Things not to do in an open-source project

After years of building packages for my box, I’ve encountered several very annoying tendencies. In no specific order:

1. From a library, don’t print output to stdout or stderr, or any other arbitrary file or stream. All error messages should be returned to the application which can then decide what to do with them. It’s also wrong to require an “error handler” to be established. The way that an error is handled often depends on the circumstances of the call to the function in which the error was detected. There’s nothing worse than application which spews out meaningless dribble from one or more of its libraries.

2. Not allow “make DESTDIR=/some/directory install” to alter the installation location.Using something other than DESTDIR should be avoided (it’s a de-facto standard) and if it’s not documented, that’s even worse. (INSTALL_PREFIX is sometimes used instead. Anything else is definitely out).

3. Use a funky build system which doesn’t allow “make DESTDIR=…” or equivalent. Makefiles are ugly but they can do the job. Most “better makes” are actually really crap.

4. Have an empty README, NEWS or INSTALL file. It is arguably better to have no file at all – at least then no-one will waste their time opening it in a viewer. Even better would be to have some real content. The README should at least say what the project is, what it does, and give a link to the website. NEWS should document changes between versions. INSTALL should say how to build the software, list any build and runtime dependencies including required version numbers, and say how to control where “make install” puts stuff (which should be by using DESTDIR, see above).

5. Use “-fno-strict-aliasing” as a compile option (to gcc). Needing this option means that your software is broken. The correct solution is to fix the software. Don’t type-pun pointers, and if you must, do it in a way that doesn’t violate the C99 standard.

6. Call your library a “C/C++” library if it is written in C. C++ libraries use C++ namespaces, and have classes. Otherwise it is a C library (which may also be usable from C++).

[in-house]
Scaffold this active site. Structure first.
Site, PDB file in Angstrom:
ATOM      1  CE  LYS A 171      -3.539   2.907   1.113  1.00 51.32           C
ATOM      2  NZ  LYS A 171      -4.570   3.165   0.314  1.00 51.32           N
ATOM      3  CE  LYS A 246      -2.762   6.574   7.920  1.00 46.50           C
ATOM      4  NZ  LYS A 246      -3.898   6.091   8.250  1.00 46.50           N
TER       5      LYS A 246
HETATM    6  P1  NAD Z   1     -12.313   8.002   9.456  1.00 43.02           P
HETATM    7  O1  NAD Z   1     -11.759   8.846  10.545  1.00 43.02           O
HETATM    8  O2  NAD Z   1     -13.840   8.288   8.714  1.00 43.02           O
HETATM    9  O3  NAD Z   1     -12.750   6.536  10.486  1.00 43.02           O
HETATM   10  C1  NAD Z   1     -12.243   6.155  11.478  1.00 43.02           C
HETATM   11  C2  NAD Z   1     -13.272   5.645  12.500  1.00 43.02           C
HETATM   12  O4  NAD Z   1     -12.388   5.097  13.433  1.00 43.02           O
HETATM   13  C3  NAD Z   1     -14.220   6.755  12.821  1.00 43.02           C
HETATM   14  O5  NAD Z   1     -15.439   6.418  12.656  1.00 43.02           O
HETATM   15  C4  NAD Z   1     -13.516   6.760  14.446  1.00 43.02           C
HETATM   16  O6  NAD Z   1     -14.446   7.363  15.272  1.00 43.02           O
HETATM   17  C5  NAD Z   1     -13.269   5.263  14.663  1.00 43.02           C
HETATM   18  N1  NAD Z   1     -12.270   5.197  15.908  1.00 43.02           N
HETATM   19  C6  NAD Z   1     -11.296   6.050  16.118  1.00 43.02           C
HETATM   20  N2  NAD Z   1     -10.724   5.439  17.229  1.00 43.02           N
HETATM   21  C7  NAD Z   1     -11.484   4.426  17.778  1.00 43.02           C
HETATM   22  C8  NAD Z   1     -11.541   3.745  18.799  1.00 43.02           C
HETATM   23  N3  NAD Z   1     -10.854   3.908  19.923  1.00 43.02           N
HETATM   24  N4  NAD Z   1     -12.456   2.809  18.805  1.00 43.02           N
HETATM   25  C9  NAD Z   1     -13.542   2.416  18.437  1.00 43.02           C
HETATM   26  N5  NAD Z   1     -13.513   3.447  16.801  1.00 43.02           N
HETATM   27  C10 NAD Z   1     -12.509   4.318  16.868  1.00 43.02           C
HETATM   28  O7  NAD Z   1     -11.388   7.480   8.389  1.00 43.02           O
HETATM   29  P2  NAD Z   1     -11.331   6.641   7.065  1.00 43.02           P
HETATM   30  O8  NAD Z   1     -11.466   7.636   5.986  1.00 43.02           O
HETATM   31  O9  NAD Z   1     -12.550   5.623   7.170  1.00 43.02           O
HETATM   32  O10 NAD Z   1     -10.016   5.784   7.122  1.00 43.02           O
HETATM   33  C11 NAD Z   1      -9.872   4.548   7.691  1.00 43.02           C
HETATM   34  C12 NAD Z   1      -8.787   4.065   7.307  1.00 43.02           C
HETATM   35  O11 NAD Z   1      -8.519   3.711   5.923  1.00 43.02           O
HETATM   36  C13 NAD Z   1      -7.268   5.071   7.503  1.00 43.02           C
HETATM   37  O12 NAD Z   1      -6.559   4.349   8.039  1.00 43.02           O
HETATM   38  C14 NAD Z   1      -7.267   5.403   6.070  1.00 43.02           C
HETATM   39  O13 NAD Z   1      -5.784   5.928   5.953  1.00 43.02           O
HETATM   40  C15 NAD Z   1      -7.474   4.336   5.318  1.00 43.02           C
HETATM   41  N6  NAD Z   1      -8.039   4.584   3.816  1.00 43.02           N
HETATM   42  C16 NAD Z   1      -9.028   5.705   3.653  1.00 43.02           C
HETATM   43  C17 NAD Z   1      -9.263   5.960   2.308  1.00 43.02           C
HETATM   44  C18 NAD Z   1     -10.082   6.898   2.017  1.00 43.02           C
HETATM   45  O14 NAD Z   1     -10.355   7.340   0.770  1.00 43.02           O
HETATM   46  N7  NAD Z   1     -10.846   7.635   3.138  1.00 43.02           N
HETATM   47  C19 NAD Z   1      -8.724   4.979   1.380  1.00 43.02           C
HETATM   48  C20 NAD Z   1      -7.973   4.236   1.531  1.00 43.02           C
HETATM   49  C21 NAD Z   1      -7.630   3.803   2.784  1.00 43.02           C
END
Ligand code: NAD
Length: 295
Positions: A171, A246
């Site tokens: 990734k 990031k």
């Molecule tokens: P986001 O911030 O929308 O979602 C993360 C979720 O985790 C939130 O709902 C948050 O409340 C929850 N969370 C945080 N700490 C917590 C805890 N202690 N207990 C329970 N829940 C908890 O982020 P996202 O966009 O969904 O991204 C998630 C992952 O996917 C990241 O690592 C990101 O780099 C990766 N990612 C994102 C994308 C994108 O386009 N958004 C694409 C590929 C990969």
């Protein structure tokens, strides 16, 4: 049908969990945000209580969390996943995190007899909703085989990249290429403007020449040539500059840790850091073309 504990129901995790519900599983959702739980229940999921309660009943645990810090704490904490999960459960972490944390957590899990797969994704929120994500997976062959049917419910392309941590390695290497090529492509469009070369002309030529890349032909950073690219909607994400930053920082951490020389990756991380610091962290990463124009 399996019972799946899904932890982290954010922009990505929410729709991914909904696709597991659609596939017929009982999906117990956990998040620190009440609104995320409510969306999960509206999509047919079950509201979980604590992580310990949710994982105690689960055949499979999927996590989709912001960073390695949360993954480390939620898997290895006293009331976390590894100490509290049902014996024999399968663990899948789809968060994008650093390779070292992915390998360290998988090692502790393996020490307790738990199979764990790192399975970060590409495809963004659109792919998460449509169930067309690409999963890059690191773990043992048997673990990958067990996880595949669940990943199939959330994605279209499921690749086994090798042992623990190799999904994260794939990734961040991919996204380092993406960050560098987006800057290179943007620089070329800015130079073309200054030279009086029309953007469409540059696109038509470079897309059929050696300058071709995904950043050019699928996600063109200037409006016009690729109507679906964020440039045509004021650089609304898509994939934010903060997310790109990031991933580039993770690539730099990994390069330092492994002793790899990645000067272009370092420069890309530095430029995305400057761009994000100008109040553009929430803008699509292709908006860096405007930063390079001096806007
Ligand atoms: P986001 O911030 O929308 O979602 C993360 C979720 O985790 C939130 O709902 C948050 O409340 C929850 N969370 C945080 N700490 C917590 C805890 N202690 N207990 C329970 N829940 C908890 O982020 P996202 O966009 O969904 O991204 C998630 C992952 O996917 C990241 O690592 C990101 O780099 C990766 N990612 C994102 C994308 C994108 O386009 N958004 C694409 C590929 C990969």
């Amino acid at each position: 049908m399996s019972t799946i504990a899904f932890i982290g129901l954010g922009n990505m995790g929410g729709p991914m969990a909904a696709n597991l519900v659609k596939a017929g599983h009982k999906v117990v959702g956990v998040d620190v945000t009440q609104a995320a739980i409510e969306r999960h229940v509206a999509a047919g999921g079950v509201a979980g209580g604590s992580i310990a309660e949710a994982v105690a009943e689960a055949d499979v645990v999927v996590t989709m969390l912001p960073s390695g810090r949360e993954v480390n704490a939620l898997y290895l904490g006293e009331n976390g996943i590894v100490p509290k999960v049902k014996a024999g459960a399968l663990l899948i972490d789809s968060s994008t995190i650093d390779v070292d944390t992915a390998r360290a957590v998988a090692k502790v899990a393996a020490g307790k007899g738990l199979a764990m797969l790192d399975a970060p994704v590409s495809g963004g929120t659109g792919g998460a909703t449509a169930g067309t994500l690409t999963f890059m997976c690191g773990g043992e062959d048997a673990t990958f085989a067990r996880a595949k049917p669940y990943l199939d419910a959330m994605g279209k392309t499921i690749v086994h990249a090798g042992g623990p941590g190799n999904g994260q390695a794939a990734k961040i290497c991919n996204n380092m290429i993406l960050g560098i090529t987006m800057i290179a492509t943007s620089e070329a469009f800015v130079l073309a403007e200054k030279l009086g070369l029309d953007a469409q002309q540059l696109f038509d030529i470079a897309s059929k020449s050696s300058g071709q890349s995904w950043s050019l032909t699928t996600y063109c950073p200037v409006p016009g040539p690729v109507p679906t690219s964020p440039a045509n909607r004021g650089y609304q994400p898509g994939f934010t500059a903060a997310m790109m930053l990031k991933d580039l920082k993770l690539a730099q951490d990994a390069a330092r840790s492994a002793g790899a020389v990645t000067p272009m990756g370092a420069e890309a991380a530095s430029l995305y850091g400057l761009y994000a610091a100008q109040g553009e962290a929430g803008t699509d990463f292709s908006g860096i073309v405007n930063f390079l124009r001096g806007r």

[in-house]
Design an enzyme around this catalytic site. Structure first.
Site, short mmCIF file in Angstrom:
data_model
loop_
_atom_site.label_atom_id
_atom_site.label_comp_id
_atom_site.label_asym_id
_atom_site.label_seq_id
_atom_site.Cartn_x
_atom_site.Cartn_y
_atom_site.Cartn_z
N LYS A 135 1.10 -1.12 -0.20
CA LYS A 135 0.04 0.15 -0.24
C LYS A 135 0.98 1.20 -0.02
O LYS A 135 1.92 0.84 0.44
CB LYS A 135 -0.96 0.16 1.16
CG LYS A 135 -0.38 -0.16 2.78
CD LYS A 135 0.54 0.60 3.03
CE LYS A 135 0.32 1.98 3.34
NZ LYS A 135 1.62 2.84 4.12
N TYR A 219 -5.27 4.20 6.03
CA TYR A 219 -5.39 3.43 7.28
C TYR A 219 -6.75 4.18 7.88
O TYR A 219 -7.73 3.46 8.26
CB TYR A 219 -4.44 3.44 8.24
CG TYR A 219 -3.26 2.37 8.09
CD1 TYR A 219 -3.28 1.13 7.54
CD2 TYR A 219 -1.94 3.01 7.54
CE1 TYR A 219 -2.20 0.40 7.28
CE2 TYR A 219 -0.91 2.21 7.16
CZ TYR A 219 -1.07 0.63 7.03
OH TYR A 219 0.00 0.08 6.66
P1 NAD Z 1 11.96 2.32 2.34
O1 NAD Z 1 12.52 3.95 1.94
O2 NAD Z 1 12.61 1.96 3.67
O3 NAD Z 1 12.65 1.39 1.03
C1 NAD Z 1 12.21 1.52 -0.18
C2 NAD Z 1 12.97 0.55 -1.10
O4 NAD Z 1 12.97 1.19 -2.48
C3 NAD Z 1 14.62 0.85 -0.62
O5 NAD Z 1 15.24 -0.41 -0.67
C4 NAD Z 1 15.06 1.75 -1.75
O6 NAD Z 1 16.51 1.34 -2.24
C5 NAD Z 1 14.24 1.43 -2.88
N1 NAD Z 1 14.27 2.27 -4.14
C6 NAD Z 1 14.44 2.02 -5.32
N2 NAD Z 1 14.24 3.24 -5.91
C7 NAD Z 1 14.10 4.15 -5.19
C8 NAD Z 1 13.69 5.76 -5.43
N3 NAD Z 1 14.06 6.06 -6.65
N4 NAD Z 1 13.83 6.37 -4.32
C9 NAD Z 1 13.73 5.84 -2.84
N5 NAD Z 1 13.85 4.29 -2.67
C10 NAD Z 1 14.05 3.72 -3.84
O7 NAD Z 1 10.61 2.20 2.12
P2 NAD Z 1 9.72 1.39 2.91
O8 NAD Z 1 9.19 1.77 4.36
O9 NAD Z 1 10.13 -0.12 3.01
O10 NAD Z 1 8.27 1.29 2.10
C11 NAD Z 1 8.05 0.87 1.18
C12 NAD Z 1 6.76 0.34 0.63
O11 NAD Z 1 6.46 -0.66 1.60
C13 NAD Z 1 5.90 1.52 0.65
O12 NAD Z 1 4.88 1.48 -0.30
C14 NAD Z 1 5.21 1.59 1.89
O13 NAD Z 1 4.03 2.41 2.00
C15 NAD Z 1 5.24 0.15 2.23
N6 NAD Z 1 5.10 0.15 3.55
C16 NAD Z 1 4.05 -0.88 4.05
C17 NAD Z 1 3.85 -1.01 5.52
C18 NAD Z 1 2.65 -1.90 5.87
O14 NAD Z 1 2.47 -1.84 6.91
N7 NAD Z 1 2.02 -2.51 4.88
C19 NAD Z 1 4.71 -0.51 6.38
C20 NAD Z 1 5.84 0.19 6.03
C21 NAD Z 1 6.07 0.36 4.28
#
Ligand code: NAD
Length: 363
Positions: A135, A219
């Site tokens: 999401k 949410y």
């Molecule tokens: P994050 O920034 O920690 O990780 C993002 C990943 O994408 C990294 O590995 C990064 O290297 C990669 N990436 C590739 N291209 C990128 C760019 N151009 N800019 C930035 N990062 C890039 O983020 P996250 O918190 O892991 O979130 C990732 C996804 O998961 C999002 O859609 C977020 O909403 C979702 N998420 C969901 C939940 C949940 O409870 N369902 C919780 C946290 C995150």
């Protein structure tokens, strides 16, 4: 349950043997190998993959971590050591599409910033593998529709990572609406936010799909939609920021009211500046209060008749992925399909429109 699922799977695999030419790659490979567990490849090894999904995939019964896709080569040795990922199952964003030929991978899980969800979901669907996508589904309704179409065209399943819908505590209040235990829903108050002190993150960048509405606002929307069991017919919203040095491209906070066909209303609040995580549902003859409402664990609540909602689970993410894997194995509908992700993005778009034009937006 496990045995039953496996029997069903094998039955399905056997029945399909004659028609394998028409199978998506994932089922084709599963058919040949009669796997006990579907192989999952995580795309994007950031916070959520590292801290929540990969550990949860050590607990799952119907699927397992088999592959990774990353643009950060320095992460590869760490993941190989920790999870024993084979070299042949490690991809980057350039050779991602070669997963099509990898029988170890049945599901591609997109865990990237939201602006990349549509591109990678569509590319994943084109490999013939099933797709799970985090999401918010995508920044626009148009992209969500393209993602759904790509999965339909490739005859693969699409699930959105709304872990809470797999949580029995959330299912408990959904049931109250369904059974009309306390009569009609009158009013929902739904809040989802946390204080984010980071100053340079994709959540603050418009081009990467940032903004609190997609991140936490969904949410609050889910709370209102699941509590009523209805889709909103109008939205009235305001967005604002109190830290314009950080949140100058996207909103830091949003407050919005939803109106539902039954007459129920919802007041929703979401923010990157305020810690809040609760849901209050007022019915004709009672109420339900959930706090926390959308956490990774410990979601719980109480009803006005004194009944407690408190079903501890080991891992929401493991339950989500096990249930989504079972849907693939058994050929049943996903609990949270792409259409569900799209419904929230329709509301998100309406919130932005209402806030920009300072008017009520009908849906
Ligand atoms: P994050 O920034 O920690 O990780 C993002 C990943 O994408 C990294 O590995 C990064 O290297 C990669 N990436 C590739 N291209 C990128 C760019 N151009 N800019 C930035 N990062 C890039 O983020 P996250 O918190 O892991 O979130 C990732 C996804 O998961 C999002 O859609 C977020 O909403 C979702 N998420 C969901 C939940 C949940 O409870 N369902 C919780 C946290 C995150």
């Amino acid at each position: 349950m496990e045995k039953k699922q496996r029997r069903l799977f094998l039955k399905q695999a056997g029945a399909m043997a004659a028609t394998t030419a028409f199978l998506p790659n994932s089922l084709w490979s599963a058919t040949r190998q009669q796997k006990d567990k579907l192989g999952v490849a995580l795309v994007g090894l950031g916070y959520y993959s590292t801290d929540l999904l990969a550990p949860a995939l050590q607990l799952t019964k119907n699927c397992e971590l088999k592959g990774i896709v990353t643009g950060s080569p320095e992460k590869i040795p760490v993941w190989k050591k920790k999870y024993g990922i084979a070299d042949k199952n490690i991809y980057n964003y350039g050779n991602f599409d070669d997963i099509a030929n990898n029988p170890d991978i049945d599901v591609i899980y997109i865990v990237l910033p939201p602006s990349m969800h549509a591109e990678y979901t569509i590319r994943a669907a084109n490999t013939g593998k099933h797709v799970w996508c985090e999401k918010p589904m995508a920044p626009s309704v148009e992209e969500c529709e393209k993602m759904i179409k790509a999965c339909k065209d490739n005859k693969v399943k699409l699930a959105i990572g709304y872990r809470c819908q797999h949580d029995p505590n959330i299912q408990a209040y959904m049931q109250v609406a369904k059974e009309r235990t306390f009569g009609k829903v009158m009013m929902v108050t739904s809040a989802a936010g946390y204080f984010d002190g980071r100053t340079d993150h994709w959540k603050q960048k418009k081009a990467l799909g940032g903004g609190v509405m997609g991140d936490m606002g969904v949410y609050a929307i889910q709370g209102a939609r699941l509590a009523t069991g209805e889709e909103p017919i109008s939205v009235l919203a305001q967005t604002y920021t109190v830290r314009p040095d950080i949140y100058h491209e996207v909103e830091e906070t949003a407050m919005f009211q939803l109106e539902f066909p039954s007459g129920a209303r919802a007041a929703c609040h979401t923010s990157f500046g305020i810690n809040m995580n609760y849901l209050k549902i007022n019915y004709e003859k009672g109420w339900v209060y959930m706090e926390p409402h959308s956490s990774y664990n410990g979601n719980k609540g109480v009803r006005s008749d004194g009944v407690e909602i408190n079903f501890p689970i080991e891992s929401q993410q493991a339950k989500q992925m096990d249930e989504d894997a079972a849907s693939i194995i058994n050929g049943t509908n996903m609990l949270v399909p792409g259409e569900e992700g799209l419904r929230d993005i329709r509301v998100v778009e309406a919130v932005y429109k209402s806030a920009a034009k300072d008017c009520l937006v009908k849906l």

7. Neglect documentation. For a library, all the API should documented in separate documentation (not just in the header files). Documentation should be precise, verbose, and cross-referenced. In code, use comments. A block of code that is 10 lines or more and has no comment is a danger sign. If it is “patently obvious” what the code does from reading it, then summarize it in a comment – it will still be useful for those not familiar with the code (in other words, get a clue. It’s not “patently obvious” to anyone but you). Make sure to document the build system (specify what do variables in the Makefile do, if nothing else).

8. Write the program/library in some scripting language (or an obscure compiled language) and fail to mention the fact that the software is written in this language on the project web page.

9. Fail to do releases every now and then, if changes have been made. Don’t be in a position where you (or a dependent project) are recommending using sources from version control. Releases (with meaningful version numbers) provide a reference point, making it easier for your users to diagnose and solve problems, and for other projects to correctly list dependencies. (ffmpeg, I’m looking at you).

10. Have a dependency on a trivial little piss-ant library, and neglect to include said library in the tarball. Don’t force people to hunt down and separately compile another project wantonly. Your build system should use an external version if one exists, otherwise, it should build and link against the included one.


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